Developing Community & Economic Self-Sufficiency

The Central Tibetan Administration is faced with the two principal tasks of rehabilitating newly-arrived refugees from Tibet and empowering the Tibetan community in exile. Despite building a successful refugee community, the exile Tibetan community today is confronted with several diverse and unique challenges that have the potential to fragment the long-established settlement life thereby threatening the long-term sustainability of the Tibetan culture and identity itself. Increasing demographic and overseas migration trends, scattered communities, inadequate employment opportunities, lack of income-generating activities and alternative source of livelihood in the settlements, have all given way to a new set of challenging scenario in the exile Tibetan community.

The Tibet Fund prioritizes strategic development programs that are aimed at revitalizing the Tibetan settlements and empowering the Tibetan community as a whole. In addition to alleviating poverty and deprivation through funding and programmatic support from the US government and our donors, we work to facilitate economic self-sufficiency through initiatives that promote entrepreneurship, small enterprise development, employment and job competitiveness of unemployed youth. We also support local grassroots Tibetan NGOs and civil society organizations to address local community priorities and also to reinforce their effectiveness in delivering socio-economic and welfare services.

Entrepreneurship Development

Recognizing the significant role that entrepreneurship plays in promoting financial empowerment and economic mobility in a society, The Tibet Fund encourages the growth of entrepreneurial ventures in the exile Tibetan community. Some program highlights in this area are:

  • Support from the US State Department helped the CTA to launch Tibetan Entrepreneurship Development (TED) in 2013 that provides aspiring entrepreneurs with business training, incubation and advisory services. Out of 750 participants, ten entrepreneurs were chosen to take part in start-up incubation and training at Jindal Institute and the JSS-STEP Incubator Center in Delhi.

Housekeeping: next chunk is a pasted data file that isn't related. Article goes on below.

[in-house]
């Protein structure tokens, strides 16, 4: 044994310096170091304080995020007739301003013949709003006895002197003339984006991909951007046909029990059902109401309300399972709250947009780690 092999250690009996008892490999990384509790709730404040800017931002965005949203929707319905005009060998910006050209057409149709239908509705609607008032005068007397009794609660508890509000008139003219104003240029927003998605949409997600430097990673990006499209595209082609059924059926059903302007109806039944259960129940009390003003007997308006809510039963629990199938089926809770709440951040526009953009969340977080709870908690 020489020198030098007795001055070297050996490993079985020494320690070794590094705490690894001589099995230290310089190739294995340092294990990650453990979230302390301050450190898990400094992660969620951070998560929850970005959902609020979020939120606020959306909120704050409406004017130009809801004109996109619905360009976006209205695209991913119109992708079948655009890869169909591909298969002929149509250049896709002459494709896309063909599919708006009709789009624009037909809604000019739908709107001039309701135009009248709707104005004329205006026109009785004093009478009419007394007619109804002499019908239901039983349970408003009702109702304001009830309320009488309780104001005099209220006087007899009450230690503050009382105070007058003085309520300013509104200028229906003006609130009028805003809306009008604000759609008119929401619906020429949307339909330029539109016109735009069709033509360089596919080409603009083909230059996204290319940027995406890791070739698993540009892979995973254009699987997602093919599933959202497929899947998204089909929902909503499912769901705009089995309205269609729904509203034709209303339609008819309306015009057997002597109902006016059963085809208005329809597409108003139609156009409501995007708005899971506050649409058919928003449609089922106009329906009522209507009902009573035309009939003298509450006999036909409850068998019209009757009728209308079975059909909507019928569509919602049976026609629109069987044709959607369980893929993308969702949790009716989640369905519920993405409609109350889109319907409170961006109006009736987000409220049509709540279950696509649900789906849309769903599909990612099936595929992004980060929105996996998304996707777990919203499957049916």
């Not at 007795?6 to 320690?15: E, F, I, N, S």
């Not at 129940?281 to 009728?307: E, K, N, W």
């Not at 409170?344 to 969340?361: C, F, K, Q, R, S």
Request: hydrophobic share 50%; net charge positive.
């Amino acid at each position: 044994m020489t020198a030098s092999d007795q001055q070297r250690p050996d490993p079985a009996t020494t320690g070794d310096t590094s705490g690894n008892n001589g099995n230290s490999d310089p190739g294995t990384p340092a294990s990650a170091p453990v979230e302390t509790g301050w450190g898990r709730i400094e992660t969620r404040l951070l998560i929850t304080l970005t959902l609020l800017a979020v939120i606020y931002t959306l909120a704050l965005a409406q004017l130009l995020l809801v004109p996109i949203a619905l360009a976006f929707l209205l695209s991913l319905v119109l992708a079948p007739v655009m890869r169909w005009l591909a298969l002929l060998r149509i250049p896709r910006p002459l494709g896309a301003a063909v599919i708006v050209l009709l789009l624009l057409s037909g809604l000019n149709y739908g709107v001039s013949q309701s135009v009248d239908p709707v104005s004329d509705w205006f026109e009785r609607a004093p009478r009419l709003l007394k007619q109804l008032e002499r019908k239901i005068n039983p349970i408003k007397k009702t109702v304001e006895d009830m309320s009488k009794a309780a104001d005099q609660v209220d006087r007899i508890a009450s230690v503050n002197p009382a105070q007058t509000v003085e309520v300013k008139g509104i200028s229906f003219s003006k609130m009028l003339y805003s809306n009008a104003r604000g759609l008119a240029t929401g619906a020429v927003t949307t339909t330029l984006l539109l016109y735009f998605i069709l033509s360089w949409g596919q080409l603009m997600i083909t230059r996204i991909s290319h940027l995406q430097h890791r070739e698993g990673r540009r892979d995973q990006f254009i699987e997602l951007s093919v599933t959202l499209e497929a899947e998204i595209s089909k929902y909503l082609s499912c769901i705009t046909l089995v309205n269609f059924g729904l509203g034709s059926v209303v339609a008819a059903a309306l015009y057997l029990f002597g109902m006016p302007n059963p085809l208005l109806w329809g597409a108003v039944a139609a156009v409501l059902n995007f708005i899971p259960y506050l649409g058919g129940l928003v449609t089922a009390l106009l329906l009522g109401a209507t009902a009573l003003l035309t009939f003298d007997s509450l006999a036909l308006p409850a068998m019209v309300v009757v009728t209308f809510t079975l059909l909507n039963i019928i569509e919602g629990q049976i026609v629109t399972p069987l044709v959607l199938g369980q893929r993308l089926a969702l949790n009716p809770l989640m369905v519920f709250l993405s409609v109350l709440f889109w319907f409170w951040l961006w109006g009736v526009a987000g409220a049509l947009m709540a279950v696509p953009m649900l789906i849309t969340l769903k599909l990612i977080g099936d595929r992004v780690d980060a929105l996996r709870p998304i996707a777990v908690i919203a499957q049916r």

• Judith Mcbean Foundation enabled us to provide salaries for two full-time TED staff. They created a five-year business plan in collaboration with Intellecap, a reputed entrepreneurship consultancy in India.
  • We later co-supported the first Game Changer’s Conference organized by CTA’s TED where more than 100 entrepreneurs presented their business plans and winning enterprises received investment awards ranging from INR 100,000-400,000.
  • For the past few years, President Lobsang Nyandak has been on the panel of judges at Tibetan Innovation Challenge competition being held at the University of Rochester. MBA students from different universities compete to showcase Innovation Challengeself-sustaining and replicable business ideas that would improve the lives of Tibetans living in refugee settlements in India and promote innovation in social entrepreneurship.

Employment and Vocational Training

Unemployment and underutilization of Tibetan youth in the Tibetan communities are caused due to financial barriers, lack of employable skills and training infrastructures. To address this critical issue, The Tibet Fund has provided trainings in vocational and business skills to improve employability and livelihood opportunities. Program highlights in this area are: